When your teeth betray you, learn a new language
It has been a rough couple months. I'm glad to be standing here on the other side of it, but let me give a short rundown of how awful things have been.
- Found out I will lose all my tax return to garnishment, because of my defaulted loans.
- Got a $700 bill from the dentist AFTER my insurance pays the maximum for the year.
- Got a $3000 bill from Amy's dentist AFTER insurance for HER terrible teeth.
- Amy's dentist, against her wishes, opened a line of credit that curiously is valued almost exactly the same as the bill they gave her...
- Atlas, my SUV, is having trouble with his starter.
- Oh, and my best friend's father passed away.
In situations like these, it can be tempting to focus on the negative and wallow in self pity. Its 2019. Nobody got time for that shit.
So, here's a similar list of all the good that has happened since I last posted.
- Put a down payment on a ring (don't tell Amy)
- Went to the peak of Mount Laguna for some incredible views and SNOW IN CALIFORNIA!
- Asked my boss for a shot at coding for a living, and I've got an interview coming up!
What's important to remember here is that life is always going to be a mixed bag. You'll almost never have a straight up run of good luck, but you can choose to focus on one or focus on the other, and that outlook will characterize your life. Despite the actual events being about half bad half good, your outlook will color your memories and feelings about these moments. This is why being aware of non-neurotypical responses in the brain is so important, you can tell when depression is making you focus on the bad and being aware of it makes it marginally easier to counteract through sheer force of will.
I don't know what the next few days will bring, the pressure is killing me, but I know that I will see Sean, I'll be there for him after his dad's passing, and I will continue to follow my dreams and achieve my goals. Can't ask for more.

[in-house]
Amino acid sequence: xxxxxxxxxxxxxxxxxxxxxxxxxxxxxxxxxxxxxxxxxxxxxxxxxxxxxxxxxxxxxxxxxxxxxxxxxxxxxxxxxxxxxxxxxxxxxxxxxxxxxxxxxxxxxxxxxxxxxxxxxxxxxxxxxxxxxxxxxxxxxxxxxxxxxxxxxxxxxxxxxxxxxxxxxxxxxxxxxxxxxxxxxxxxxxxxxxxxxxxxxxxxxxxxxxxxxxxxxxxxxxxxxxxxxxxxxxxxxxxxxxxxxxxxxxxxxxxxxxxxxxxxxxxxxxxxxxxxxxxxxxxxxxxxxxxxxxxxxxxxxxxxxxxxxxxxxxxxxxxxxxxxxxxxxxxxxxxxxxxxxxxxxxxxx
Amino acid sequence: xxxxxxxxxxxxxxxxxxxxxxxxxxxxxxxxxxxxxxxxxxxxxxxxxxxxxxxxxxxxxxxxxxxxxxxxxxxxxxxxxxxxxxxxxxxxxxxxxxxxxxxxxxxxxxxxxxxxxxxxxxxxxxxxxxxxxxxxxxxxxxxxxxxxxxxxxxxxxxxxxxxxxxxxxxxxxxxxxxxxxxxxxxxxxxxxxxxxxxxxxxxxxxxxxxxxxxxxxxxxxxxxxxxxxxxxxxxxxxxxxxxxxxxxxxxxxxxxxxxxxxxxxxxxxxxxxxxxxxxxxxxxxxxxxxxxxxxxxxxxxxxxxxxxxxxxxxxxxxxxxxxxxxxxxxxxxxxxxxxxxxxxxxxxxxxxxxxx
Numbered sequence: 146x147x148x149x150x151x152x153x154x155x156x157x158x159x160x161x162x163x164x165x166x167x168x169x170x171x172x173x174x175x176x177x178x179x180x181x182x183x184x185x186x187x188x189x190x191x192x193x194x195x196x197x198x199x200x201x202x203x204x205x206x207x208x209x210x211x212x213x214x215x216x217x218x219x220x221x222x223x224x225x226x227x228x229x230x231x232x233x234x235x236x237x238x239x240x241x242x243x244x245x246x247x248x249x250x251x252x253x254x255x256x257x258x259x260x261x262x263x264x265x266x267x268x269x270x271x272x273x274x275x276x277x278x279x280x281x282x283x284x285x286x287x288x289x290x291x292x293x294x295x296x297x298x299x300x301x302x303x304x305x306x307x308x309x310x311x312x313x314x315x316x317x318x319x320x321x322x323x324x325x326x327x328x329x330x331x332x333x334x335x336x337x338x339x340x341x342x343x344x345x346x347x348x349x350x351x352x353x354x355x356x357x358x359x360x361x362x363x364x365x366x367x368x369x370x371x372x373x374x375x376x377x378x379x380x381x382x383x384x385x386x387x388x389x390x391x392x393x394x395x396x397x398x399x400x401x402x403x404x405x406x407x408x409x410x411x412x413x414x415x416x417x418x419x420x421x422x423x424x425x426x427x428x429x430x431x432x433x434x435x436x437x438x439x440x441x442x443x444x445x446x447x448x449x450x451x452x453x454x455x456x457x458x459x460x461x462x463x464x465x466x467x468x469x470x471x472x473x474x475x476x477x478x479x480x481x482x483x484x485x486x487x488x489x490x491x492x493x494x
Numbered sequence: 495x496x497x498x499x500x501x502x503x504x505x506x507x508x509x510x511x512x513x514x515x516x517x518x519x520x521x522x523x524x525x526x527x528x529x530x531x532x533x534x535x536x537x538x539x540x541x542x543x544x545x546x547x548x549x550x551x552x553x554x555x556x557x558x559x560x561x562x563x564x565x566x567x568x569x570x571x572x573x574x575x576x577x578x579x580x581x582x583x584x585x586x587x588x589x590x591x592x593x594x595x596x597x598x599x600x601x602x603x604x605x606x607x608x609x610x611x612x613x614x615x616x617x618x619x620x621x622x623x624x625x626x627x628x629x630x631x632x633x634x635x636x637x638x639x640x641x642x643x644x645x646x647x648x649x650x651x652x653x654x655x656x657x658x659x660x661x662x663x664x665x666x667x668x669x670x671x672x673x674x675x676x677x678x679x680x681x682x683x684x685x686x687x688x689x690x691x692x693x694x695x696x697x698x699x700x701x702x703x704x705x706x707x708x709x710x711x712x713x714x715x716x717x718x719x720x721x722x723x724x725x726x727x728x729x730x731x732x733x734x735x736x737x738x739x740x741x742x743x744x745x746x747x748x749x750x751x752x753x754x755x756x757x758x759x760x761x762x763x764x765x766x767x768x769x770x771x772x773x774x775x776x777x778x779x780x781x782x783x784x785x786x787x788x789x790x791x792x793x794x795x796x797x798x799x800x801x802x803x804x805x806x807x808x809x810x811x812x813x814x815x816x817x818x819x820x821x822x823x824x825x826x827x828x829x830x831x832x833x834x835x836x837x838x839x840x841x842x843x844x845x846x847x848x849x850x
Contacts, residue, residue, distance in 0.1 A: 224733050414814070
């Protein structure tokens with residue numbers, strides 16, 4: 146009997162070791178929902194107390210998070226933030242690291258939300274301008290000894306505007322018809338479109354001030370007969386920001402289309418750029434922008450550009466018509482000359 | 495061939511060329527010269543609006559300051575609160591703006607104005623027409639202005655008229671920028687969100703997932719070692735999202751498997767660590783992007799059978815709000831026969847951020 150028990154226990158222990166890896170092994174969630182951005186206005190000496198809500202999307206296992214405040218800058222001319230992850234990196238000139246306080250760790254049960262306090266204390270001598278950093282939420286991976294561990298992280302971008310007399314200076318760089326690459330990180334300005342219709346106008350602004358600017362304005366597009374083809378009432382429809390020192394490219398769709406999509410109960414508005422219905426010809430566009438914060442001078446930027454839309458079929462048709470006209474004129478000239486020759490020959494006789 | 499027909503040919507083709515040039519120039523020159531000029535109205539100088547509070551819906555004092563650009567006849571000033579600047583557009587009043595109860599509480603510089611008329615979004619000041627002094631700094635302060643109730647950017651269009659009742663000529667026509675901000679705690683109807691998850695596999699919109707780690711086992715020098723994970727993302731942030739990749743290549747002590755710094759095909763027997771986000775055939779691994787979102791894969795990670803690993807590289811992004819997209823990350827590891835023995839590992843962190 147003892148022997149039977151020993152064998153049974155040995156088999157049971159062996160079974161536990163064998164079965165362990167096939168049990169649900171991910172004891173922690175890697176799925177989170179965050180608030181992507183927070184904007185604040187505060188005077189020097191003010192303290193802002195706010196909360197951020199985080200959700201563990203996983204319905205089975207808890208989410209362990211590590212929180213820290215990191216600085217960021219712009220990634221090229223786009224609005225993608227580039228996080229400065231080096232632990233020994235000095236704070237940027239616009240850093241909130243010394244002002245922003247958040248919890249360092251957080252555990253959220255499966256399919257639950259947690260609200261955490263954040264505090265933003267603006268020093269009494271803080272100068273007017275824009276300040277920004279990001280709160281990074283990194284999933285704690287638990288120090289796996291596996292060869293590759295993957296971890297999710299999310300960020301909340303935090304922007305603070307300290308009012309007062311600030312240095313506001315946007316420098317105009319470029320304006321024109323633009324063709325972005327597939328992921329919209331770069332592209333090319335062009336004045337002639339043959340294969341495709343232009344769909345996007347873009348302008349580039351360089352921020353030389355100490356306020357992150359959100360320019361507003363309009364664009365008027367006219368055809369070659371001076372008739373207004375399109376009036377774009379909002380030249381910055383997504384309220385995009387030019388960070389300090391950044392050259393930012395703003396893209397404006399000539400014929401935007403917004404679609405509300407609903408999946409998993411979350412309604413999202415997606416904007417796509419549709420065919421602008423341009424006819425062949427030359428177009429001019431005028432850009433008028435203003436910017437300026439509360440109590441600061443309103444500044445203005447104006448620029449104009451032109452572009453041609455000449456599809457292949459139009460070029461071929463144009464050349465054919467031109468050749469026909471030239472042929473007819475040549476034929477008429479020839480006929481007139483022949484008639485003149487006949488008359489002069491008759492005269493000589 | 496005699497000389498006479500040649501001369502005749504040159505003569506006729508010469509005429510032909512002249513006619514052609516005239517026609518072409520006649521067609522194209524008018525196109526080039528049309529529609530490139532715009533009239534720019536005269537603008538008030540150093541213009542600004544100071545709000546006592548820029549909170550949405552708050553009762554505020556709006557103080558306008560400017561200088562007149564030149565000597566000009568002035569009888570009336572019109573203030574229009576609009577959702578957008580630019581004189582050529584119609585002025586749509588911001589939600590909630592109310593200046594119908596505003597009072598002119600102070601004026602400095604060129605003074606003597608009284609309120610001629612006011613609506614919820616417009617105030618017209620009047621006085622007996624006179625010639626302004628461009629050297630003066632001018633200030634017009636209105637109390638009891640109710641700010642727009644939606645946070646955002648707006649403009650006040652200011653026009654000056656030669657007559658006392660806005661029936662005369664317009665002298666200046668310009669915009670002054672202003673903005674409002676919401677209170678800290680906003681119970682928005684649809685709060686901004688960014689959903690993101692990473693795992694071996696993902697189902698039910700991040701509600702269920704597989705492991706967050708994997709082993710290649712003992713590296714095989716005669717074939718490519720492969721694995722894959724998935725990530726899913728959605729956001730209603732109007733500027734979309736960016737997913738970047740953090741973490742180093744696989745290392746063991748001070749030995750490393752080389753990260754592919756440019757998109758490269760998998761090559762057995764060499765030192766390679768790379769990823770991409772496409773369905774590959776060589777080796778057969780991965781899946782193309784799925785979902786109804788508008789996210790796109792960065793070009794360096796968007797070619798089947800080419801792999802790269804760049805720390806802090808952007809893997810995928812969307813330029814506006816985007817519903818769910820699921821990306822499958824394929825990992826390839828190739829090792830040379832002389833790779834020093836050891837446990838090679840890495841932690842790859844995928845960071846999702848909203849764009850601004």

New Year, New Plan
Using everything available to get where I want to go
Happy New Year! As is tradition, most people will be making resolutions for the new year, and I am no exception. Unlike most people, I have a day by day plan for how I will be achieving my goals.
My Goals for this year:
- Increase Deadlift from 395 lbs to 500 lbs
- Decrease weight from 225 lbs to 190 lbs or less.
- Decrease body fat from ~25% to ~15% or less.
- Learn PHP.
- Learn Python
- Learn Ruby and Rails
- Get a job as a Developer (Hopefully at Proper Media)
The thing about resolutions is usually that people don't set realistic goals, and dont have a realistic plan to achieve them. Looking over the above list, you can see that my fitness goals all have measurable metrics, concrete indicators of success and failure. The following goals do not. In order to achieve them, I needed structure. I mapped out the next 6 months on a spreadsheet, placing 5 workouts and 3 study sessions per week. As long as I stay on pace, I should have worked through all the material available to me from Treehouse in the subjects of PHP, JS, Python and Ruby. Literally every single lesson they have. And I don't mean to imply that that would give me mastery of the material, just that I at least would have a beginners understanding of the material, which hopefully should be enough to land me a job.